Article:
Malthus’ ideas haven’t quite been discredited but his alarmism certainly has. As world population increases from the current 6 billion and approaches around 9 to 10 billion by 2100 studies suggest that population growth can have economic and environmental benefits.
A new article in Science 29 July 2011: Vol. 333 no. 6042 pp. 544-546
Are More People Necessarily a Problem?
by David Malakoff
In 1937, A bureaucrat serving in the British Empire’s Kenya Colony penned an alarming memo to his bosses about conditions in the Machakos Reserve, a hilly, drought-prone farming region 50 kilo meters south of Nairobi. “Benevolent British rule” had encouraged the explosive “multiplication” of the “natives,” he reported, leading to massive environmental degradation. “Every phase of misuse of land is vividly and poignantly displayed in this Reserve, the inhabitants of which are rapidly drifting to a state of hopeless and miserable poverty and their land to a parching desert of rocks, stones and sand.” The apocalyptic warning came as the region’s population approached 250,000.
Today, more than 1.5 million people call Machakos home. Rather than a cautionary example of the perils of overpopulation, however, for some experts Machakos has become a symbol of something very different: the idea that rapid human population growth, even in some of Earth’s driest, most challenging environments, is not necessarily a recipe for disaster—and can even bring benefits. They argue that, over the past 75 years, population growth in Machakos and nearby Nairobi has triggered social and economic shifts that have made it possible for residents to regreen once-barren hillsides, reinvigorate failing soils, reduce birth rates, and increase crop production and incomes. “A landscape that was once declared good for nothing is now like a garden when the rain falls,” says Michael Mortimore, a geographer with Drylands Research, a United Kingdom–based nonprofit organization, who helped document the turnaround in More People, Less Erosion, a 1994 study that is still influential—and controversial—today. “Too many people still have the simplistic notion that too many people is a problem,” he says. “What happened in Machakos challenges that pessimism.”…..
……. Many see crisis looming in those numbers for people and the environment. Others, however, see some hope for a transition to more sustainable livelihoods and cite Ester Boserup, a Danish economist who died in 1999, as one source of their optimism. In 1965, the then-little-known Boserup, who spent most of her career consulting for international development institutions, published a slim volume titled The Conditions of Agricultural Growth: The Economics of Agrarian Change under Population Pressure. (pdf Boserup1965) It examined the history of subsistence farming and offered a theory that essentially turned Malthus upside down. Instead of rising population density leading to barren fields and starvation, Boserup suggested it could naturally trigger “intensification”: the use of new technologies and more labor to get bigger harvests from less land.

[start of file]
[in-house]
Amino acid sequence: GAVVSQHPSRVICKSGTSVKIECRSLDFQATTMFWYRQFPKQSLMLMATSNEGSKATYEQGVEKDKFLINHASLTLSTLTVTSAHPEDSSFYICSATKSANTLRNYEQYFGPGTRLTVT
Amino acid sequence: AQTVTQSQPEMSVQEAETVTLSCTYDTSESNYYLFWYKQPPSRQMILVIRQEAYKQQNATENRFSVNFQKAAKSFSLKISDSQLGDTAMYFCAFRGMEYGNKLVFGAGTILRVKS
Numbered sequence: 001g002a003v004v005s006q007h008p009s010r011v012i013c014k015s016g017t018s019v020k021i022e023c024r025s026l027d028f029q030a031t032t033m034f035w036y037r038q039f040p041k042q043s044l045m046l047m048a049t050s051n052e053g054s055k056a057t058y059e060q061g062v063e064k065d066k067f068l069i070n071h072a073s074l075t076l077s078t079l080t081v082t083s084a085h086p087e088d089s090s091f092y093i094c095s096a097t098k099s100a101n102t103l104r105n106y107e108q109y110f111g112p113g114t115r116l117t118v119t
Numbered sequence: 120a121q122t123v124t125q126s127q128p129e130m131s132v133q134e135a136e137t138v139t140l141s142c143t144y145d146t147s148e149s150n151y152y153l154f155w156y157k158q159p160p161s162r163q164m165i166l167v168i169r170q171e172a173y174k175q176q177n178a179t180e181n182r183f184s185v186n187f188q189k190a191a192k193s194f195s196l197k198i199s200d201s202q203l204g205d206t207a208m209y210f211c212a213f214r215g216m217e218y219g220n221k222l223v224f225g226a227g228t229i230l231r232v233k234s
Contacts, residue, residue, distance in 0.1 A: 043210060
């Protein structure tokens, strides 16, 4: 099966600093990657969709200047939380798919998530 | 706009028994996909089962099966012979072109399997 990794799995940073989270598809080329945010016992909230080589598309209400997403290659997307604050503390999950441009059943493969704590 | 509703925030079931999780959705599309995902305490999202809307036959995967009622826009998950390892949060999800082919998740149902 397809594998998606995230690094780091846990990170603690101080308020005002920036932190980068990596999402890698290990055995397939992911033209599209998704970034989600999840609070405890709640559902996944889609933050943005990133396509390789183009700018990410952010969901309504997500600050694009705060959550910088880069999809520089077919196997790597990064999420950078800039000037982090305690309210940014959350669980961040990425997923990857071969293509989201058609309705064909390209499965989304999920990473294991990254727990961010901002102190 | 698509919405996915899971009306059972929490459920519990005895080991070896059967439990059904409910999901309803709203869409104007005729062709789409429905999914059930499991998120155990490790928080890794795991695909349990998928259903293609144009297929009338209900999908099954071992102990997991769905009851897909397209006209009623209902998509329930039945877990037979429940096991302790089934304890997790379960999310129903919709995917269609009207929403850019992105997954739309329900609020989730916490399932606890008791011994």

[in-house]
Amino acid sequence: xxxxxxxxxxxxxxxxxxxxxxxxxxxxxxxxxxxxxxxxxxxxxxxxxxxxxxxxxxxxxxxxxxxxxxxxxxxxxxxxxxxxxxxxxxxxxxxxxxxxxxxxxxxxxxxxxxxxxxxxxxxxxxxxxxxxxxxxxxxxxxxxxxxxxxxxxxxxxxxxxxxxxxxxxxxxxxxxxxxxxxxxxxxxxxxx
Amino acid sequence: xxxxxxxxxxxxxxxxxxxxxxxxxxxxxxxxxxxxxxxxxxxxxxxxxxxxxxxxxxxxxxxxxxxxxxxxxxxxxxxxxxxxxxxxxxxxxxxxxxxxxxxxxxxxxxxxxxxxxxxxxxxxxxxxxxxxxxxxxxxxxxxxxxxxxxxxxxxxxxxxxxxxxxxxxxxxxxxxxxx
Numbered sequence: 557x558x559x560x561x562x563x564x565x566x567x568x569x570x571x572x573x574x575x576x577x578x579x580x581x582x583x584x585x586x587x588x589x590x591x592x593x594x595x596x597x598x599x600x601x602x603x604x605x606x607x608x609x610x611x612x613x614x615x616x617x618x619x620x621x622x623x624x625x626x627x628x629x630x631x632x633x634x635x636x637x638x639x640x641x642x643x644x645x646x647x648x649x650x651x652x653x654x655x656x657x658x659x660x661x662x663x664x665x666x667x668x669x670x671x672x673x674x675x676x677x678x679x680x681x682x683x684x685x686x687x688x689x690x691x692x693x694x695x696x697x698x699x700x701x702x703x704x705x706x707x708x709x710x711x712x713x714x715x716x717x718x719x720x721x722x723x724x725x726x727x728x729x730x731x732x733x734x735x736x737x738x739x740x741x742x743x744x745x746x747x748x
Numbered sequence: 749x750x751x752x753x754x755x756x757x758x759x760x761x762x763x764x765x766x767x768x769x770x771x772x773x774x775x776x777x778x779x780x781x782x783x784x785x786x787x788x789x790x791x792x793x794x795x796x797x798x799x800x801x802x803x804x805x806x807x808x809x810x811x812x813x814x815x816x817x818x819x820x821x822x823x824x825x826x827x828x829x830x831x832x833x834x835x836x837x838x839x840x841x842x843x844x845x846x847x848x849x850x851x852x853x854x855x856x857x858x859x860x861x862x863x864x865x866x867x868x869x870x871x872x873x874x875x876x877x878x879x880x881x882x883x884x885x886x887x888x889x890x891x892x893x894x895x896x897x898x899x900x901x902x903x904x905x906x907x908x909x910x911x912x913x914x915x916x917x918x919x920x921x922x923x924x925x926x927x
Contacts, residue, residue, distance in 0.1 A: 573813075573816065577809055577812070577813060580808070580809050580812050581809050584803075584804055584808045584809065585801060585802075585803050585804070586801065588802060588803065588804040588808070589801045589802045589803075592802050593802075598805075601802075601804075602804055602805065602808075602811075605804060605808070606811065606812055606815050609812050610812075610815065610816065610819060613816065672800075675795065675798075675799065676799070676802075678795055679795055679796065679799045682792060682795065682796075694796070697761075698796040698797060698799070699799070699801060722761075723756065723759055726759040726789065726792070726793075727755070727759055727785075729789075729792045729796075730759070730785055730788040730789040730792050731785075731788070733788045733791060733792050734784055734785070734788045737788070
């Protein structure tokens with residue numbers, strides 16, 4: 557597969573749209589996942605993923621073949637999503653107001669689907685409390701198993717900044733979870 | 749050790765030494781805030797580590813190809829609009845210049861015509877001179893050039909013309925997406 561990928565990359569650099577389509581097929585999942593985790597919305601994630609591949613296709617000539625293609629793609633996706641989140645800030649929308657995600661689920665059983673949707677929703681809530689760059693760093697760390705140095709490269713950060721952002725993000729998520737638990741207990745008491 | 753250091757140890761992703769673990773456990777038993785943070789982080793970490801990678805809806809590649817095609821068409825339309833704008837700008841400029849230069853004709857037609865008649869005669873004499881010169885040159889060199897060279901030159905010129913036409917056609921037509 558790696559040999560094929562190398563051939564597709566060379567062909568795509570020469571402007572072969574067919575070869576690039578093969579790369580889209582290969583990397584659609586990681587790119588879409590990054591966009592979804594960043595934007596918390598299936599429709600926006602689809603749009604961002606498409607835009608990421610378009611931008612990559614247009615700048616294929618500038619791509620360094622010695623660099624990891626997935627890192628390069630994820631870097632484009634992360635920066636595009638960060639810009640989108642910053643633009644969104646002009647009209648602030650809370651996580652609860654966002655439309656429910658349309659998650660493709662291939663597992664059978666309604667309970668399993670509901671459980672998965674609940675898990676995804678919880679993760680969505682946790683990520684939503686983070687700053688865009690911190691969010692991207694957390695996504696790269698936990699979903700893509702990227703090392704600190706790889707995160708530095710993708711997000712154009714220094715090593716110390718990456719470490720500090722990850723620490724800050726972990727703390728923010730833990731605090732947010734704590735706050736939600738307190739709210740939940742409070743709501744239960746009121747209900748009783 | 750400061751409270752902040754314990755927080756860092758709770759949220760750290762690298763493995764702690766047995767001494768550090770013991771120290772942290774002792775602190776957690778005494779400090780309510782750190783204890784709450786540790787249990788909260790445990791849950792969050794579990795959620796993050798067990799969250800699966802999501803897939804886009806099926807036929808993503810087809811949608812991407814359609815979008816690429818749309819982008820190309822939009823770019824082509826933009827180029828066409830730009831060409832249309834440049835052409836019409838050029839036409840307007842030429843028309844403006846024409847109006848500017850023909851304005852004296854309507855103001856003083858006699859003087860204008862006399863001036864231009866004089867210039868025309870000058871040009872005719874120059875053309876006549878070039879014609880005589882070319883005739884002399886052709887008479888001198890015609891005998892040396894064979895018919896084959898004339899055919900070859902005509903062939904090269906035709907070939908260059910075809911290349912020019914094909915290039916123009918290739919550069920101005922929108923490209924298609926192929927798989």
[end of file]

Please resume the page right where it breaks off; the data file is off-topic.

“The idea was that people weren’t just mouths to feed but also brains that could think and hands and legs that could work very hard”.
….. In some parts of Africa, meanwhile, researchers are documenting a notable, Machakos-like “regreening” of arid areas with fast-growing populations. …. There’s some evidence that the extra greenery is helping to make poor farm communities more resilient to droughts and economic setbacks, but the long-term outlook remains at best unclear.
In the forest frontiers of South and Central America, researchers have found both Malthusian and Boserupian forces at work in deforestation. Depending on local circumstances, families faced with growing population densities have responded by both migrating to clear new farms in forested areas, the agricultural “extensification” predicted by Malthus, and intensified land use à la Boserup, a team led by David Carr of the University of California, Santa Barbara, reported in a 2009 study in Population and Development. Paradoxically, the result is that areas with relatively low population densities can have much higher deforestation rates than those with higher densities.
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Sustainable growth in Machakos by Francis Gichuki , Mary Tiffen , Michael Mortimore, ILEIA Newsletter • 9 nº 4 • December 1993
More People, Less Erosion, Overseas Development Institute UK, 1994